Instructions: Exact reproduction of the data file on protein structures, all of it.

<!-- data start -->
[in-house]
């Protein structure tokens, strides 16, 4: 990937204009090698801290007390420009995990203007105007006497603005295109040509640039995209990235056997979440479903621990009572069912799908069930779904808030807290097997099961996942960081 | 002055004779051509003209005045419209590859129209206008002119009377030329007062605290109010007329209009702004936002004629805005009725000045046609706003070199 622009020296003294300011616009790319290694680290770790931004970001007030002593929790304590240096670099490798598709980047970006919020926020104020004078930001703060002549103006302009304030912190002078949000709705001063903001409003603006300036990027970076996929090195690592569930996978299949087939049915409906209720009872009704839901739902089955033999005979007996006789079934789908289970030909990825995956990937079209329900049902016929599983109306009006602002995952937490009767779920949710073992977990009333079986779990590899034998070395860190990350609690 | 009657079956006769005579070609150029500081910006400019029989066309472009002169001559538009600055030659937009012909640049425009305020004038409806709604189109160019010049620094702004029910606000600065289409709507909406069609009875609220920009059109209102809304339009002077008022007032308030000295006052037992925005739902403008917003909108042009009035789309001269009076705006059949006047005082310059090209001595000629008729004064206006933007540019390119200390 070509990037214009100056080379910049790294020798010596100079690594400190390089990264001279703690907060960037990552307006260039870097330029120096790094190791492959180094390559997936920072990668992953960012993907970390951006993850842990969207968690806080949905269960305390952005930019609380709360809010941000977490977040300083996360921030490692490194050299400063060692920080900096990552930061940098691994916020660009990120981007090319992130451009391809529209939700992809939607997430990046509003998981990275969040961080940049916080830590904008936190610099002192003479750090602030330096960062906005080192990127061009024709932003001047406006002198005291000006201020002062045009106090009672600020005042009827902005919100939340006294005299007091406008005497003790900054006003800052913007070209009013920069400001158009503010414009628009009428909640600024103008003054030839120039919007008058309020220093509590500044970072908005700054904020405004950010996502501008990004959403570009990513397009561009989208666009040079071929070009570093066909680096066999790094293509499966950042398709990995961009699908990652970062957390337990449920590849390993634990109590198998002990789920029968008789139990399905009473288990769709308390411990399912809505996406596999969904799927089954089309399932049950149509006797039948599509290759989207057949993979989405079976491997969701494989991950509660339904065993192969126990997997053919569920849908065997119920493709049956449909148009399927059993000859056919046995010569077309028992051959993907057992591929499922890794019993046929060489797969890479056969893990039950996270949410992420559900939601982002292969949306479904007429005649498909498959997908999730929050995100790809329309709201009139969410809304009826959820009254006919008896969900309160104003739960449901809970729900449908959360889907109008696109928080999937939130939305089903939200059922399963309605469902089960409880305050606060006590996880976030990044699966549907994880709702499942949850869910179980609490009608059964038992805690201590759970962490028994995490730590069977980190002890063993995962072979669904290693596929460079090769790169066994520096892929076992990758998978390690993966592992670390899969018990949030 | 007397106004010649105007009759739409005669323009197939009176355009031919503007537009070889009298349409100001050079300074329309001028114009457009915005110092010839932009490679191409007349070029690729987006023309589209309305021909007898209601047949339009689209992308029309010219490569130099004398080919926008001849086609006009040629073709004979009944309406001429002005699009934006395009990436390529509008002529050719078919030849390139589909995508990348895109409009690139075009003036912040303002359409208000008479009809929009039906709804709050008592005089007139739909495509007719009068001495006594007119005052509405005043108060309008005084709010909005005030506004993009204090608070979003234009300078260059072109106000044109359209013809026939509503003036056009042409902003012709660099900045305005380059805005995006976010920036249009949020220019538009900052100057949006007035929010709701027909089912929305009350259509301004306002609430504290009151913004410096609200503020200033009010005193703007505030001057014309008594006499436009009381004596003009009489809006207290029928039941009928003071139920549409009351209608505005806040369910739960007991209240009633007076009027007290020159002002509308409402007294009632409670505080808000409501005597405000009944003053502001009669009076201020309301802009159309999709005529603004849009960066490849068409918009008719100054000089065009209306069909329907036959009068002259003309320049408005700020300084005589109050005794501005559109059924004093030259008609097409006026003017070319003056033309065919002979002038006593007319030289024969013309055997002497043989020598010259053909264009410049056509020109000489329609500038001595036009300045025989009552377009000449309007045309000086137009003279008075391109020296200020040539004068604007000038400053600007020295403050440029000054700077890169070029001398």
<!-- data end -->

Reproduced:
[in-house]
């Protein structure tokens, strides 16, 4: 990937204009090698801290007390420009995990203007105007006497603005295109040509640039995209990235056997979440479903621990009572069912799908069930779904808030807290097997099961996942960081 | 002055004779051509003209005045419209590859129209206008002119009377030329007062605290109010007329209009702004936002004629805005009725000045046609706003070199 622009020296003294300011616009790319290694680290770790931004970001007030002593929790304590240096670099490798598709980047970006919020926020104020004078930001703060002549103006302009304030912190002078949000709705001063903001409003603006300036990027970076996929090195690592569930996978299949087939049915409906209720009872009704839901739902089955033999005979007996006789079934789908289970030909990825995956990937079209329900049902016929599983109306009006602002995952937490009767779920949710073992977990009333079986779990590899034998070395860190990350609690 | 009657079956006769005579070609150029500081910006400019029989066309472009002169001559538009600055030659937009012909640049425009305020004038409806709604189109160019010049620094702004029910606000600065289409709507909406069609009875609220920009059109209102809304339009002077008022007032308030000295006052037992925005739902403008917003909108042009009035789309001269009076705006059949006047005082310059090209001595000629008729004064206006933007540019390119200390 070509990037214009100056080379910049790294020798010596100079690594400190390089990264001279703690907060960037990552307006260039870097330029120096790094190791492959180094390559997936920072990668992953960012993907970390951006993850842990969207968690806080949905269960305390952005930019609380709360809010941000977490977040300083996360921030490692490194050299400063060692920080900096990552930061940098691994916020660009990120981007090319992130451009391809529209939700992809939607997430990046509003998981990275969040961080940049916080830590904008936190610099002192003479750090602030330096960062906005080192990127061009024709932003001047406006002198005291000006201020002062045009106090009672600020005042009827902005919100939340006294005299007091406008005497003790900054006003800052913007070209009013920069400001158009503010414009628009009428909640600024103008003054030839120039919007008058309020220093509590500044970072908005700054904020405004950010996502501008990004959403570009990513397009561009989208666009040079071929070009570093066909680096066999790094293509499966950042398709990995961009699908990652970062957390337990449920590849390993634990109590198998002990789920029968008789139990399905009473288990769709308390411990399912809505996406596999969904799927089954089309399932049950149509006797039948599509290759989207057949993979989405079976491997969701494989991950509660339904065993192969126990997997053919569920849908065997119920493709049956449909148009399927059993000859056919046995010569077309028992051959993907057992591929499922890794019993046929060489797969890479056969893990039950996270949410992420559900939601982002292969949306479904007429005649498909498959997908999730929050995100790809329309709201009139969410809304009826959820009254006919008896969900309160104003739960449901809970729900449908959360889907109008696109928080999937939130939305089903939200059922399963309605469902089960409880305050606060006590996880976030990044699966549907994880709702499942949850869910179980609490009608059964038992805690201590759970962490028994995490730590069977980190002890063993995962072979669904290693596929460079090769790169066994520096892929076992990758998978390690993966592992670390899969018990949030 | 007397106004010649105007009759739409005669323009197939009176355009031919503007537009070889009298349409100001050079300074329309001028114009457009915005110092010839932009490679191409007349070029690729987006023309589209309305021909007898209601047949339009689209992308029309010219490569130099004398080919926008001849086609006009040629073709004979009944309406001429002005699009934006395009990436390529509008002529050719078919030849390139589909995508990348895109409009690139075009003036912040303002359409208000008479009809929009039906709804709050008592005089007139739909495509007719009068001495006594007119005052509405005043108060309008005084709010909005005030506004993009204090608070979003234009300078260059072109106000044109359209013809026939509503003036056009042409902003012709660099900045305005380059805005995006976010920036249009949020220019538009900052100057949006007035929010709701027909089912929305009350259509301004306002609430504290009151913004410096609200503020200033009010005193703007505030001057014309008594006499436009009381004596003009009489809006207290029928039941009928003071139920549409009351209608505005806040369910739960007991209240009633007076009027007290020159002002509308409402007294009632409670505080808000409501005597405000009944003053502001009669009076201020309301802009159309999709005529603004849009960066490849068409918009008719100054000089065009209306069909329907036959009068002259003309320049408005700020300084005589109050005794501005559109059924004093030259008609097409006026003017070319003056033309065919002979002038006593007319030289024969013309055997002497043989020598010259053909264009410049056509020109000489329609500038001595036009300045025989009552377009000449309007045309000086137009003279008075391109020296200020040539004068604007000038400053600007020295403050440029000054700077890169070029001398």